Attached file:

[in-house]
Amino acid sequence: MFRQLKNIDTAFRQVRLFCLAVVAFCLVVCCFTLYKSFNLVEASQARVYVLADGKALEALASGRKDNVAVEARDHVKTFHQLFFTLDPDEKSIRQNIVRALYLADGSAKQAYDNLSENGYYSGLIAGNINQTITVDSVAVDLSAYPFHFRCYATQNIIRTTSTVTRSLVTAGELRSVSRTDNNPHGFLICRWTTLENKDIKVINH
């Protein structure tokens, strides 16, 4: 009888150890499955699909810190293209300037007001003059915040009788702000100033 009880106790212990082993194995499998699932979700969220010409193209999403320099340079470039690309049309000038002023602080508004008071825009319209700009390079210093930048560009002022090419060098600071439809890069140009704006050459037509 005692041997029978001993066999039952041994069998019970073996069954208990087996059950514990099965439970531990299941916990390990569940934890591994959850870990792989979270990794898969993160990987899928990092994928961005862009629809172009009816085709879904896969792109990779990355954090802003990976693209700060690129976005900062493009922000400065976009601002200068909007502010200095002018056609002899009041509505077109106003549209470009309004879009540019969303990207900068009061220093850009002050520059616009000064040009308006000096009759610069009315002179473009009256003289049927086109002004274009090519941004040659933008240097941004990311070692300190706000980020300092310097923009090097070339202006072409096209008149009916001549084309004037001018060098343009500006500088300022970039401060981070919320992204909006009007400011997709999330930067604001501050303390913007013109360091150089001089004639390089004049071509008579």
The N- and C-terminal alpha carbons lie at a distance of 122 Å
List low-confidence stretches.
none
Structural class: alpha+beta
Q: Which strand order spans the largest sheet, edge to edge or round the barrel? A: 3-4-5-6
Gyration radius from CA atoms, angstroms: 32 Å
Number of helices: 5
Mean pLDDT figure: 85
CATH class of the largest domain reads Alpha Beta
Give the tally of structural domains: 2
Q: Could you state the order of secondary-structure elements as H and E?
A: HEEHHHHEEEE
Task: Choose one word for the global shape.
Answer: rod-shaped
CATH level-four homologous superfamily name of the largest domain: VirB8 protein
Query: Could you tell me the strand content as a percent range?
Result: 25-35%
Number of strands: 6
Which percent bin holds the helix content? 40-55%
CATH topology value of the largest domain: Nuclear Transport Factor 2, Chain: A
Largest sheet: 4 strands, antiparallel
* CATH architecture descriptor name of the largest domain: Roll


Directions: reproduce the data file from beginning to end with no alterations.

[in-house]
Amino acid sequence: MFRQLKNIDTAFRQVRLFCLAVVAFCLVVCCFTLYKSFNLVEASQARVYVLADGKALEALASGRKDNVAVEARDHVKTFHQLFFTLDPDEKSIRQNIVRALYLADGSAKQAYDNLSENGYYSGLIAGNINQTITVDSVAVDLSAYPFHFRCYATQNIIRTTSTVTRSLVTAGELRSVSRTDNNPHGFLICRWTTLENKDIKVINH
């Protein structure tokens, strides 16, 4: 009888150890499955699909810190293209300037007001003059915040009788702000100033 009880106790212990082993194995499998699932979700969220010409193209999403320099340079470039690309049309000038002023602080508004008071825009319209700009390079210093930048560009002022090419060098600071439809890069140009704006050459037509 005692041997029978001993066999039952041994069998019970073996069954208990087996059950514990099965439970531990299941916990390990569940934890591994959850870990792989979270990794898969993160990987899928990092994928961005862009629809172009009816085709879904896969792109990779990355954090802003990976693209700060690129976005900062493009922000400065976009601002200068909007502010200095002018056609002899009041509505077109106003549209470009309004879009540019969303990207900068009061220093850009002050520059616009000064040009308006000096009759610069009315002179473009009256003289049927086109002004274009090519941004040659933008240097941004990311070692300190706000980020300092310097923009090097070339202006072409096209008149009916001549084309004037001018060098343009500006500088300022970039401060981070919320992204909006009007400011997709999330930067604001501050303390913007013109360091150089001089004639390089004049071509008579």
The N- and C-terminal alpha carbons lie at a distance of 122 Å
List low-confidence stretches.
none
Structural class: alpha+beta
Q: Which strand order spans the largest sheet, edge to edge or round the barrel? A: 3-4-5-6
Gyration radius from CA atoms, angstroms: 32 Å
Number of helices: 5
Mean pLDDT figure: 85
CATH class of the largest domain reads Alpha Beta
Give the tally of structural domains: 2
Q: Could you state the order of secondary-structure elements as H and E?
A: HEEHHHHEEEE
Task: Choose one word for the global shape.
Answer: rod-shaped
CATH level-four homologous superfamily name of the largest domain: VirB8 protein
Query: Could you tell me the strand content as a percent range?
Result: 25-35%
Number of strands: 6
Which percent bin holds the helix content? 40-55%
CATH topology value of the largest domain: Nuclear Transport Factor 2, Chain: A
Largest sheet: 4 strands, antiparallel
* CATH architecture descriptor name of the largest domain: Roll